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Michael Smith/Smyth

Rank: Private
Street:
Townland: Knockavegan
Town/Village: Kenagh
Civil Parish: Kilcommock
Catholic Parish: Kilcommock
Country:
Alternative Address:
Census 1901: Living at Knockavegan, Kenagh - surname listed as Smyth
www.census.nationalarchives.ie/pages/1901/Longford/Kilcommock/Knockavegan/1548096/
Census 1911: As per 1901 - surname listed as Smith
www.census.nationalarchives.ie/pages/1911/Longford/Kilcommock/Knockavegan/581848/
Regiment/Unit: Inniskilling Fusiliers, 7th Battalion / [5th and 4th Connaught Rangers]
Regiment Number: 43281/ [4776]
Date of Death: 09-09-1916
Cause: Killed in action, Battle of Ginchy (Somme), France
Memorial: Thiepval Memorial, Thiepval, Somme, France
Information:

Michael Smith was born c.1896 near Kenagh; he was one of nine children of Andrew and Agnes Smith(Smyth). Prior to enlisting, Michael worked as a farm labourer, like his father. 

Pte Smith, enlisted in Longford initially with the Connaught Rangers, later transferring to the Royal Inniskilling Fusiliers. He disembarked in France on the 16 August 1915, but was killed in action at the Battle of the Somme.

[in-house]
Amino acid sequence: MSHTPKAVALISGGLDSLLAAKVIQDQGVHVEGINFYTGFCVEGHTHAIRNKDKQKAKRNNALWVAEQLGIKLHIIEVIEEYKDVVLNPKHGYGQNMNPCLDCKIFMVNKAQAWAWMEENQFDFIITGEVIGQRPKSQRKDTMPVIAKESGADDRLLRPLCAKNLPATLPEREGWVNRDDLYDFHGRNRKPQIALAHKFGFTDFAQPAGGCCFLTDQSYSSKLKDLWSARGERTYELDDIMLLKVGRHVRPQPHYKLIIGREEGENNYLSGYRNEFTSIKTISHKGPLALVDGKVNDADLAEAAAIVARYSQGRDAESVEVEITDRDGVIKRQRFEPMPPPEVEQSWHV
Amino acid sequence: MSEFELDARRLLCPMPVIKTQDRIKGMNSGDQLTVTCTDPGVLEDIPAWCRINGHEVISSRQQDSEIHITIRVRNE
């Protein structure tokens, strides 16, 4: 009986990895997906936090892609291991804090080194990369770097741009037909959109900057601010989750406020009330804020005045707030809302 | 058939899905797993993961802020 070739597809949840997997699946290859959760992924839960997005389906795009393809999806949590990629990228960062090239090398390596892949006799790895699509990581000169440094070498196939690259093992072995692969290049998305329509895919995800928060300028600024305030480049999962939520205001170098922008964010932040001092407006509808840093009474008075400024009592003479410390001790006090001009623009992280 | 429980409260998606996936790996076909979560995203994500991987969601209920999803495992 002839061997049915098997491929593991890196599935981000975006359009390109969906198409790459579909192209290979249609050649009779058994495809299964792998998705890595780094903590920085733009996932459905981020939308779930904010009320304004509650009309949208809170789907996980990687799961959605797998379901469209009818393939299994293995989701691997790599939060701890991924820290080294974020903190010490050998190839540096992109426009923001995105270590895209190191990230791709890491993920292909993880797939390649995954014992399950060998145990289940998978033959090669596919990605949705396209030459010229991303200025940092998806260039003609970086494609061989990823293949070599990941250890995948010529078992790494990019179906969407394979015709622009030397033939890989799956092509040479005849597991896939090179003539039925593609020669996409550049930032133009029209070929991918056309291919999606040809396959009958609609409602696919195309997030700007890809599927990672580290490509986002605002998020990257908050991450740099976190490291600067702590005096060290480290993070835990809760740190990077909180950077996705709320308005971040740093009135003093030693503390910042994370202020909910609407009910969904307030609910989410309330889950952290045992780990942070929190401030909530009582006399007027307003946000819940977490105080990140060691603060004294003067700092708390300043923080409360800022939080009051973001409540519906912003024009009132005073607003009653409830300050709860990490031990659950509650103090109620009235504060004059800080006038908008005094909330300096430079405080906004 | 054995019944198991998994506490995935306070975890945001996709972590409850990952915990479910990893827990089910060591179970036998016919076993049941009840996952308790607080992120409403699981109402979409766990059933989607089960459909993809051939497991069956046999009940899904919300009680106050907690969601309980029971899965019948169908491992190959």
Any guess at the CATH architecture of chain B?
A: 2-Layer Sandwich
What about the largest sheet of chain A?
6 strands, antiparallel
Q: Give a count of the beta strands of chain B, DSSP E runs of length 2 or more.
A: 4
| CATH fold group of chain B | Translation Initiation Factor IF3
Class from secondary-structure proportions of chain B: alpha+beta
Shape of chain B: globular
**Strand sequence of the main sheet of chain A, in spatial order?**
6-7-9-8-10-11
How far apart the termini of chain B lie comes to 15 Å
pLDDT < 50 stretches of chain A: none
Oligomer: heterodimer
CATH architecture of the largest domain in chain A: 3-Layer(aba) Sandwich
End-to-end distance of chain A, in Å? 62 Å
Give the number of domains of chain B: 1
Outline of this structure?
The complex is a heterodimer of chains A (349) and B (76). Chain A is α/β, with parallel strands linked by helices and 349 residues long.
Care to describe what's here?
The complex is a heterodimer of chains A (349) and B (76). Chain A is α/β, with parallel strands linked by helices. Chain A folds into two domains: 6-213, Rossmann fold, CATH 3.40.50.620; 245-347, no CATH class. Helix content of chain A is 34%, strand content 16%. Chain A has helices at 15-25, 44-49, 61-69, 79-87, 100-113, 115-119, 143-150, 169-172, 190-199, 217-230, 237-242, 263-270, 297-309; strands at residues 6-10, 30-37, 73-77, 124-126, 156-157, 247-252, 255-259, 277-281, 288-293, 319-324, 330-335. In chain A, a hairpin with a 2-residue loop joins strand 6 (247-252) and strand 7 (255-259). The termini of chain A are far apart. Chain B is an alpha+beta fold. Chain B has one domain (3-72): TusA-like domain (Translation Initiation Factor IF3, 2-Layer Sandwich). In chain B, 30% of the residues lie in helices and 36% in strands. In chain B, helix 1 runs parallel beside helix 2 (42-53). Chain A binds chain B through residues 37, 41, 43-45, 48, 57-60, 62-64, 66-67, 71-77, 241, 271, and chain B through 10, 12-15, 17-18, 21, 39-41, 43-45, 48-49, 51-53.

In September 1916 the 7th Battalion were stationed at the Gibraltar Camp, in a section of the Somme known as "Happy Valley" before being moved to areas known as Citadel, Billon Farm and onto Leuze Wood in quick succession. On the 7 September the regiment were relieved to the Divisional Reserve at Bernabay Wood, before moving onto Guillemonet on the night of the 8 September 1916. On the 9 September the Regiment received orders to participate in the attack at Ginchy as to support the 47th Brigade. Pte Smith was one of 100* RIF men from the other ranks who were killed, injured or reported missing as a result of the attack; five officers were reported killed/missing. Despite the losses, the attack was successful and Ginchy was captured, giving the Allied forces the advantage in this area. 

Parents Names: Son of Andrew and Agnes Smith, Knockavegan, Kenagh, Co. Longford.
Notes: The Regimental War Diary report by Captain Keir on the events of the 9 September 1916 show there to have been confusion in delivering and implementing orders in the face of fierce enemy fire, with men from different regiments, including the Connaught Rangers and Royal Irish Regiment, "hopelessly mixed up" in the trench at the front line. *This number is from the report written on the 10 September - the hand-written diary puts the casualties from other ranks at 184.
Links:

Link to CWGC entry

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